Demonic blood, brutality, and speed. When Doom rebooted itself in 2016, resurrecting one of gaming’s oldest franchises into the modern era, it built a new, airtight formula for itself. It was a set of ideas that emphasized speed and intimacy in combat, rewarding you for your daring with more health, more ammunition, and more excitement. Then, all of that excitement was wrapped up in pulpy, pastiche aesthetics—a big hero with big guns who hates demons and wants to tear out their big guts. All told, it’s simple, immediately satisfying, and perfectly suited for a sequel.
Doom Eternal is that sequel, and it immediately sets to work upping the ante. Instead of Mars, it’s the entirety of human civilization that is under siege by demons from hell. There are more enemies, more weapons, more elements in the sandbox of combat. And the story has gone full maximalist, a Heavy Metal short that spans 15 hours. It’s immense, messy, and, unfortunately, not nearly as good as the original.
Doom Eternal, which comes out Friday for PC, PlayStation 4, Xbox One, and Google Stadia, begins with a disorienting immediacy. As the Doom Slayer—a mythic hunter of demons, shotgun always in hand—you’re hunting down a hell priest in a fortress above a ruined, monster-infested Earth. He’s part of a triumvirate that, if not stopped, will usher in the complete destruction of the planet. Which is an early indication of the problems at the core of Doom Eternal: hell priests? Who? What? It feels like immediate whiplash, as if you’ve been thrust into a story that’s already half over with no clear indication of how you arrived. For those who were interested in the story of the last game and would like to connect the two, it plays as though several chapters have been skipped. Once ensconced, the plot doesn’t get much better. It bounces around dimensions rapidly and key narrative information is often conveyed through overwrought lore entries. It’s dizzying.
Not that story has ever been the most important factor in a Doom game. But it’s an underrated factor in why 2016’s reboot worked so well. It was not, all told, an exceptionally clever or original story. Its minimal characters weren’t exceptionally interesting; the conceit, of an energy company mining hell itself for power, is both too on-the-nose and, somehow, in the era of climate change, not on-the-nose enough. But it was a story exceptionally well told. Here you were, a silent avatar of rage, but held under lock and key by an amoral energy company and forced to fight demons, not just for the joy of fighting demons, but to combat an invasion caused by someone else’s incompetence and greed. The game excelled at tiny moments of characterization and mood that gave flavor to the action: the Doom Slayer, casually breaking the energy company’s things and ignoring the man in charge. The deranged corporate messaging from the company itself, which slowly devolved from standard pablum to the demented ravings of a death cult.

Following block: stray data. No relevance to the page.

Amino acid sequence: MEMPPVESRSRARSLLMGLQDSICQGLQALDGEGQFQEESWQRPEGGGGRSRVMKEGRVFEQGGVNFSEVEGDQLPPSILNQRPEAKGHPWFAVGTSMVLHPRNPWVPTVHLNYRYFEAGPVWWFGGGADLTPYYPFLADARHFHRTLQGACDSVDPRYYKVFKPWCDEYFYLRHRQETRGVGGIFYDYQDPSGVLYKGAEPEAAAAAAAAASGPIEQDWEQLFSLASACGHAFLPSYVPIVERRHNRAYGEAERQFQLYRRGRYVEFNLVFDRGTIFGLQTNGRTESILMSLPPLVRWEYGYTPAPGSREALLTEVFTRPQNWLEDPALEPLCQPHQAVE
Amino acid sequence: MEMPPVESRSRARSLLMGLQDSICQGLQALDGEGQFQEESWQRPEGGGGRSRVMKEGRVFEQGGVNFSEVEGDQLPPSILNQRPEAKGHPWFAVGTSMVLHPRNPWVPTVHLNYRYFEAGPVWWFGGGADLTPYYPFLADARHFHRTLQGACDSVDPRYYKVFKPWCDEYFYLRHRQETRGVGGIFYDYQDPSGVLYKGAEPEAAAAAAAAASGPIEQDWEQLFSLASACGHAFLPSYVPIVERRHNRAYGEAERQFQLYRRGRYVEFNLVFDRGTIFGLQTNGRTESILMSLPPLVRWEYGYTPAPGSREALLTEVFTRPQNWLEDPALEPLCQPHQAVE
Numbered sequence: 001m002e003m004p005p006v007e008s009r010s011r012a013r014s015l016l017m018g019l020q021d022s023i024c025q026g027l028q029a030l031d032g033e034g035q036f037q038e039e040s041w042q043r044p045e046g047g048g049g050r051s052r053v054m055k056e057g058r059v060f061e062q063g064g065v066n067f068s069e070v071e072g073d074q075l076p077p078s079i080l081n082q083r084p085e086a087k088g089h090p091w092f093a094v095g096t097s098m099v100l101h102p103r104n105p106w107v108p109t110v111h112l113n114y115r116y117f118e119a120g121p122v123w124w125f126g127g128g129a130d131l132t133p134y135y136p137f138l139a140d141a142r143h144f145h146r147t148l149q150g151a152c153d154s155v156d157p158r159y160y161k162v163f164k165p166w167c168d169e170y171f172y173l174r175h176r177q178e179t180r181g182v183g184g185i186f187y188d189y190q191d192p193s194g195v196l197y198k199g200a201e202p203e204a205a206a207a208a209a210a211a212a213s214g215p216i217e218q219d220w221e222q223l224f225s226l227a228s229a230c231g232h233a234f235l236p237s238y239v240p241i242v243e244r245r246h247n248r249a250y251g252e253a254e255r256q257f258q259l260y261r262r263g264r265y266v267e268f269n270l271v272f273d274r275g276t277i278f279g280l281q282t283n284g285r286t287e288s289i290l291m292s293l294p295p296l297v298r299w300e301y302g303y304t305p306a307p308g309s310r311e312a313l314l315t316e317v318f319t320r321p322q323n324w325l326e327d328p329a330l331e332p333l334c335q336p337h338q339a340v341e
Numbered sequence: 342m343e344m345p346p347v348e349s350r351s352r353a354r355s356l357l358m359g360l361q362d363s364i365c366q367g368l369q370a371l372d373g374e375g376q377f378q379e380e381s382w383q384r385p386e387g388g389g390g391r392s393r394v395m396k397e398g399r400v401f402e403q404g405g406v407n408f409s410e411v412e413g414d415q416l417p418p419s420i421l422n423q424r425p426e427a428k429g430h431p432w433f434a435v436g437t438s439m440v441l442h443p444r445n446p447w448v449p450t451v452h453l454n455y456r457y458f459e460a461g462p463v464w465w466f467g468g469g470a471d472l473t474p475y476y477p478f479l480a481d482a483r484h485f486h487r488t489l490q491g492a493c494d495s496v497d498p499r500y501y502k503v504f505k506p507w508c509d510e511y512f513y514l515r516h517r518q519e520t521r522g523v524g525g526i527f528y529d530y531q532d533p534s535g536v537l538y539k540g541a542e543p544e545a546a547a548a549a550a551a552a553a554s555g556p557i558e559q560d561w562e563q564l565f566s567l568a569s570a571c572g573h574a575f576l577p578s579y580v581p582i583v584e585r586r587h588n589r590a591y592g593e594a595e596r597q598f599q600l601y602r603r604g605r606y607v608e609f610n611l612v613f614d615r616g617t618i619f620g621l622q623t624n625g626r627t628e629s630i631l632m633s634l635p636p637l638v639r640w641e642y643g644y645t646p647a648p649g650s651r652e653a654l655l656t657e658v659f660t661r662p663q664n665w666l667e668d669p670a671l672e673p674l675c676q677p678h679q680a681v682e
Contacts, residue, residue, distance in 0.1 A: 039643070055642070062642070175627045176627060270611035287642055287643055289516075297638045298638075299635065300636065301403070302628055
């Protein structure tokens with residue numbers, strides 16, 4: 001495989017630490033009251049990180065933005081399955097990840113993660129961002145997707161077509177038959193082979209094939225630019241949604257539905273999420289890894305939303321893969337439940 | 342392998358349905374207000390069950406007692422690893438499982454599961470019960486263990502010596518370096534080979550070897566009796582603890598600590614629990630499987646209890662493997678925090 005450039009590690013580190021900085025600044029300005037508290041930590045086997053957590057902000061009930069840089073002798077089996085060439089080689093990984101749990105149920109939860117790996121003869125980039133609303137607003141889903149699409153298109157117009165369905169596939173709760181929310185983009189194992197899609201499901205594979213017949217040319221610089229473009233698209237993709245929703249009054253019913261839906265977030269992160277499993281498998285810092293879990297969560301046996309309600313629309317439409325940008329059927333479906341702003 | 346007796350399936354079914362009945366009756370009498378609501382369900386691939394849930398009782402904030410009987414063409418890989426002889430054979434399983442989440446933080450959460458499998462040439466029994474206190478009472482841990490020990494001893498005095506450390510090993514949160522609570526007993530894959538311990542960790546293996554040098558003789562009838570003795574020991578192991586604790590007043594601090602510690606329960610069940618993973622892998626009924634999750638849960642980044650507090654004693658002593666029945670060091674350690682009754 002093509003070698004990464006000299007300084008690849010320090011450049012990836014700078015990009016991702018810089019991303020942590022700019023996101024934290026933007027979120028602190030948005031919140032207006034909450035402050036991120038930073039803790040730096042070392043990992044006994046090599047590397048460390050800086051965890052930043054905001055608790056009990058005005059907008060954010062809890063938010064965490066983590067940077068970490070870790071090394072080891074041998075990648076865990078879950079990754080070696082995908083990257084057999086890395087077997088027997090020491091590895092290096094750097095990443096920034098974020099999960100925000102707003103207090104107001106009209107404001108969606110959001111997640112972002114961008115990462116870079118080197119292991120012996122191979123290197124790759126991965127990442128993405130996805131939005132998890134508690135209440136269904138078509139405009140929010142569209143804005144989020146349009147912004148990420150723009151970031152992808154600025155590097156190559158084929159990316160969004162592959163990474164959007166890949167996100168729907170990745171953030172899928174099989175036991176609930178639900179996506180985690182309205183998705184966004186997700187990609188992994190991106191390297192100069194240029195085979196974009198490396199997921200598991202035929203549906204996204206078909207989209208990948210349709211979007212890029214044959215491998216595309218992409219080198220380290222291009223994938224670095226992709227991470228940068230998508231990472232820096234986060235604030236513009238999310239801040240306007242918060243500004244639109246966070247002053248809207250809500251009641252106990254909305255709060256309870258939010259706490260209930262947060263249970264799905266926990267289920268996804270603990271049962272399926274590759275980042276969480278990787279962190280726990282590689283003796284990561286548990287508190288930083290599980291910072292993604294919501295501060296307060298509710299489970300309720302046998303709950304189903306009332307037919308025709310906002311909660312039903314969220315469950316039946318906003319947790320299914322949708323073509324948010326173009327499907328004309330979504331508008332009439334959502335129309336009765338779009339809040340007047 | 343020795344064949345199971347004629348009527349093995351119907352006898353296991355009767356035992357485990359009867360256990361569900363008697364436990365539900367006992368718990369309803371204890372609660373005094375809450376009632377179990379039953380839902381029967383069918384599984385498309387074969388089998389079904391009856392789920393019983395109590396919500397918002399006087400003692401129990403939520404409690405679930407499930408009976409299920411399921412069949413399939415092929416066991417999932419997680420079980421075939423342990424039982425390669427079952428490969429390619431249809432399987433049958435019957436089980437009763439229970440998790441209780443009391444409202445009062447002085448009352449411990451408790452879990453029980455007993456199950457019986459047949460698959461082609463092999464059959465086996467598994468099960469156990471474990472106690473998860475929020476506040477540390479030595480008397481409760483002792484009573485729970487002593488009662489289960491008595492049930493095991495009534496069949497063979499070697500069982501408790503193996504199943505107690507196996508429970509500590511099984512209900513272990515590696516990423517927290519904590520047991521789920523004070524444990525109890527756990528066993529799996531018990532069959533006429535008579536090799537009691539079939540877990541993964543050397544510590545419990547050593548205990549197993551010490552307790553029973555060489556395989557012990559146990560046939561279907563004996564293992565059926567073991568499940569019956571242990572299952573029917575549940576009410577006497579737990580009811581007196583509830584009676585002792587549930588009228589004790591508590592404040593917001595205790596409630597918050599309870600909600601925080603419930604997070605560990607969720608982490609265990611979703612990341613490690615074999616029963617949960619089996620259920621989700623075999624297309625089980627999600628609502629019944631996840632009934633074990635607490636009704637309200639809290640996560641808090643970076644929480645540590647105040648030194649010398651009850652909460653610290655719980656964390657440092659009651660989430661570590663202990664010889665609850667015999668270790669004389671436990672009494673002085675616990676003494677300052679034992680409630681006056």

That’s what made Doom so special in 2016: not just that it was a thrilling action game, but that it felt like a clever, often funny descent into hell by way of corporate greed and irresponsibility. It was the perfect game for being mad at your boss. Doom Eternal, by way of contrast, pushes the personality of the first game to its breaking point, with little added on top of it. The esoteric liner-notes lore about hell and demons that served as flavor in the original game were there but not to be taken too seriously; unfortunately, they are the center point of the sequel’s narrative design. Instead of telling an immediate, straightforward story well, it tells a broader, more convoluted story poorly, and in the process squanders much of the charm of the original that made the gory demon-killing feel so vital. This trickles down from the actual writing to the places you go, and the explanations for going to them. Without an underlying level of wit, little of it lands.
Here’s the thing: Contrary to its over-the-top appearance, what made Doom 2016 such a good game was its restraint. Its narrative restraint gave it personality, and its mechanical restraint—focusing the combat on a handful of key elements—made the fast, frantic action work. The gameplay was balanced around a sort of rock-paper-scissors. Demons try to kill you, and you shoot them with a variety of weapons. When they get weak, they flash, and you can get in close to initiate a special finishing move, a “glory kill,” that restores your health. If you run out of ammo, killing an enemy with the Doom Slayer’s chain saw will give you some. That means that there’s a straightforward solution to every possible problem encountered in Doom: If you’re hurt, glory kill; if you’re low on supplies, chain saw; otherwise, keep fighting. Repeat until the only thing left moving is you.